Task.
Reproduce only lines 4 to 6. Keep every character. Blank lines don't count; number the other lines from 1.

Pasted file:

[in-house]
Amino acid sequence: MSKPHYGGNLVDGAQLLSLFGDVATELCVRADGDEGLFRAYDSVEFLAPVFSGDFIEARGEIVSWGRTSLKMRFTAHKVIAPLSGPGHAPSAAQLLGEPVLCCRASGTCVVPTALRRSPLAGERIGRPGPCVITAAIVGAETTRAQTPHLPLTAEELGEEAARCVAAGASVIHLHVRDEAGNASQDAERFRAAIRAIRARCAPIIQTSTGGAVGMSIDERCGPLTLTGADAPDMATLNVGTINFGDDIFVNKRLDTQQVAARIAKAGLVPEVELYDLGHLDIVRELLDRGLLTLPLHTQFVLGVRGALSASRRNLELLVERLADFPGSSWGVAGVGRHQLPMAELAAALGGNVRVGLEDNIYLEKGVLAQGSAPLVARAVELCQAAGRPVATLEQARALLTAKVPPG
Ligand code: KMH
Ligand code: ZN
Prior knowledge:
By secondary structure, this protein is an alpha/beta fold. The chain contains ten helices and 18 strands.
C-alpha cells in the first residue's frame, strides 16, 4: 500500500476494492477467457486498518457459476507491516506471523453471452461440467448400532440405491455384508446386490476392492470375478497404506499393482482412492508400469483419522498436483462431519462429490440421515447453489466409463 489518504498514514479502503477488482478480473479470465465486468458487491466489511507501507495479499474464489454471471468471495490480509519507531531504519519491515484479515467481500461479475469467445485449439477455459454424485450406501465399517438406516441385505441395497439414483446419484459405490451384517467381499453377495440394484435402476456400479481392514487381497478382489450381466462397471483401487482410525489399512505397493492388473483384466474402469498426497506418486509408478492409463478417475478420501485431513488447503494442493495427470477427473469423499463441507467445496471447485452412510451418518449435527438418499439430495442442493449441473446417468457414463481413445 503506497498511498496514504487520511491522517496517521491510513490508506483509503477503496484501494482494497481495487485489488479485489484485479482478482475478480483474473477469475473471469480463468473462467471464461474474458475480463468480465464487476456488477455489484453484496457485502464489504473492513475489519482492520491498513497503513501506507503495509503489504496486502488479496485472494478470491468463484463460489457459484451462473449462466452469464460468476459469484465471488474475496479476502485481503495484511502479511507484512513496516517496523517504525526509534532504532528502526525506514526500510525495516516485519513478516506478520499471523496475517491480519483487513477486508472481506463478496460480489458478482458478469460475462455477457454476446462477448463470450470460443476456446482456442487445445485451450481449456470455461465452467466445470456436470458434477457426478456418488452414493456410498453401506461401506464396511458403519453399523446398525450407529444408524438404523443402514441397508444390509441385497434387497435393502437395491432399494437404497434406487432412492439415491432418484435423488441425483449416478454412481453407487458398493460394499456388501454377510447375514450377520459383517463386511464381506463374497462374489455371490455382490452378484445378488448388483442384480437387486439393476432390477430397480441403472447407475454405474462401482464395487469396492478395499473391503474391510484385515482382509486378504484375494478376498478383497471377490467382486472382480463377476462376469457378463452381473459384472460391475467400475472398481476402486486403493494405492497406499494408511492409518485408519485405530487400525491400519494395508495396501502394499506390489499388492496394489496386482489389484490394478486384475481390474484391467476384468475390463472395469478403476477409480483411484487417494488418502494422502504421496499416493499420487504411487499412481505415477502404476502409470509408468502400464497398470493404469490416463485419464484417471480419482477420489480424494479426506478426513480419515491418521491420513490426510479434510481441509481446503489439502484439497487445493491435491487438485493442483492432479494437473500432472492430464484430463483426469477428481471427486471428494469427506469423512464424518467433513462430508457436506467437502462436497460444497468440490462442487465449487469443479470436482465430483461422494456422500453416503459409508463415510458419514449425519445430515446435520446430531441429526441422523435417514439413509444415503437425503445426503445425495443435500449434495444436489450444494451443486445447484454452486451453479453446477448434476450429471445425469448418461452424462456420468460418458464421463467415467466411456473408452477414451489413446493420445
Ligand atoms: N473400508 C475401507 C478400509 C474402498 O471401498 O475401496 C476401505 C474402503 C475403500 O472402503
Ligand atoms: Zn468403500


Ligand code: ZN
Prior knowledge:
By secondary structure, this protein is an alpha/beta fold. The chain contains ten helices and 18 strands.